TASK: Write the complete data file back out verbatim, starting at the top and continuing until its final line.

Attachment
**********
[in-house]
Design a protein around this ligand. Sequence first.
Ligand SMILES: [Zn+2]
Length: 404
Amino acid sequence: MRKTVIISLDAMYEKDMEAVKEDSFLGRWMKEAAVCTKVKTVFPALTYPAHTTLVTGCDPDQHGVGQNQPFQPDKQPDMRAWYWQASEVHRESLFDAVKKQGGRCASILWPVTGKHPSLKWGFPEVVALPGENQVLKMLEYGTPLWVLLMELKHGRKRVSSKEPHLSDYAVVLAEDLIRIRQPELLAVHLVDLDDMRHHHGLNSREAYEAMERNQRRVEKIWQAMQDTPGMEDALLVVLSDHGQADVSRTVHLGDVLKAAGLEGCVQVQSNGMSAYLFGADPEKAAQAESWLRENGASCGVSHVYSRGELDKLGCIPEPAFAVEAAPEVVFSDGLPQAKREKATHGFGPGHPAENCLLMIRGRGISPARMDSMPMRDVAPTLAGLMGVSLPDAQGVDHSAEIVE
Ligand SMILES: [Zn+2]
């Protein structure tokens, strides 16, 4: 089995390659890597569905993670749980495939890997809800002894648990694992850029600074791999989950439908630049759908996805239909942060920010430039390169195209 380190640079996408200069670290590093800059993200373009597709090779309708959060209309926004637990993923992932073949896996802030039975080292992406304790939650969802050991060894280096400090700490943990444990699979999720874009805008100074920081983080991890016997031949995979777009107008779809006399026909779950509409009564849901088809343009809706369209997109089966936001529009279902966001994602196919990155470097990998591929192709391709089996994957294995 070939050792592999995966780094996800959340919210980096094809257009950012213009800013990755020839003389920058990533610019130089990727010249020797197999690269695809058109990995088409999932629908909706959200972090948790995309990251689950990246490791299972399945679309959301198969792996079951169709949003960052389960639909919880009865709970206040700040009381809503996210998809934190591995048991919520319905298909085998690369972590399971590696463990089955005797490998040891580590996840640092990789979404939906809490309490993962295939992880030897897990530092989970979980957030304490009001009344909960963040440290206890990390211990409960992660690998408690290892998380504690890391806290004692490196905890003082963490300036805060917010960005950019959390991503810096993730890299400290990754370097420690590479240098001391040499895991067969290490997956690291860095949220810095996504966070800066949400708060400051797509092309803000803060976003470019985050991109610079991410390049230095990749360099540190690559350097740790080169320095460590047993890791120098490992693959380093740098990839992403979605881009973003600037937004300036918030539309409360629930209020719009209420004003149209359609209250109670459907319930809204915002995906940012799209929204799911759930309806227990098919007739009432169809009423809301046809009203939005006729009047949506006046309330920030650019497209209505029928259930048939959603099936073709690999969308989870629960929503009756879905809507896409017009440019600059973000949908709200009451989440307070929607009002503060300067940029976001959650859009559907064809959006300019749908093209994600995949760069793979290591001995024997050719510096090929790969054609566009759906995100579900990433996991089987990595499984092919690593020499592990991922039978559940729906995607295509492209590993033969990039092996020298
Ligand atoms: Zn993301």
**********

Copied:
[in-house]
Design a protein around this ligand. Sequence first.
Ligand SMILES: [Zn+2]
Length: 404
Amino acid sequence: MRKTVIISLDAMYEKDMEAVKEDSFLGRWMKEAAVCTKVKTVFPALTYPAHTTLVTGCDPDQHGVGQNQPFQPDKQPDMRAWYWQASEVHRESLFDAVKKQGGRCASILWPVTGKHPSLKWGFPEVVALPGENQVLKMLEYGTPLWVLLMELKHGRKRVSSKEPHLSDYAVVLAEDLIRIRQPELLAVHLVDLDDMRHHHGLNSREAYEAMERNQRRVEKIWQAMQDTPGMEDALLVVLSDHGQADVSRTVHLGDVLKAAGLEGCVQVQSNGMSAYLFGADPEKAAQAESWLRENGASCGVSHVYSRGELDKLGCIPEPAFAVEAAPEVVFSDGLPQAKREKATHGFGPGHPAENCLLMIRGRGISPARMDSMPMRDVAPTLAGLMGVSLPDAQGVDHSAEIVE
Ligand SMILES: [Zn+2]
């Protein structure tokens, strides 16, 4: 089995390659890597569905993670749980495939890997809800002894648990694992850029600074791999989950439908630049759908996805239909942060920010430039390169195209 380190640079996408200069670290590093800059993200373009597709090779309708959060209309926004637990993923992932073949896996802030039975080292992406304790939650969802050991060894280096400090700490943990444990699979999720874009805008100074920081983080991890016997031949995979777009107008779809006399026909779950509409009564849901088809343009809706369209997109089966936001529009279902966001994602196919990155470097990998591929192709391709089996994957294995 070939050792592999995966780094996800959340919210980096094809257009950012213009800013990755020839003389920058990533610019130089990727010249020797197999690269695809058109990995088409999932629908909706959200972090948790995309990251689950990246490791299972399945679309959301198969792996079951169709949003960052389960639909919880009865709970206040700040009381809503996210998809934190591995048991919520319905298909085998690369972590399971590696463990089955005797490998040891580590996840640092990789979404939906809490309490993962295939992880030897897990530092989970979980957030304490009001009344909960963040440290206890990390211990409960992660690998408690290892998380504690890391806290004692490196905890003082963490300036805060917010960005950019959390991503810096993730890299400290990754370097420690590479240098001391040499895991067969290490997956690291860095949220810095996504966070800066949400708060400051797509092309803000803060976003470019985050991109610079991410390049230095990749360099540190690559350097740790080169320095460590047993890791120098490992693959380093740098990839992403979605881009973003600037937004300036918030539309409360629930209020719009209420004003149209359609209250109670459907319930809204915002995906940012799209929204799911759930309806227990098919007739009432169809009423809301046809009203939005006729009047949506006046309330920030650019497209209505029928259930048939959603099936073709690999969308989870629960929503009756879905809507896409017009440019600059973000949908709200009451989440307070929607009002503060300067940029976001959650859009559907064809959006300019749908093209994600995949760069793979290591001995024997050719510096090929790969054609566009759906995100579900990433996991089987990595499984092919690593020499592990991922039978559940729906995607295509492209590993033969990039092996020298
Ligand atoms: Zn993301």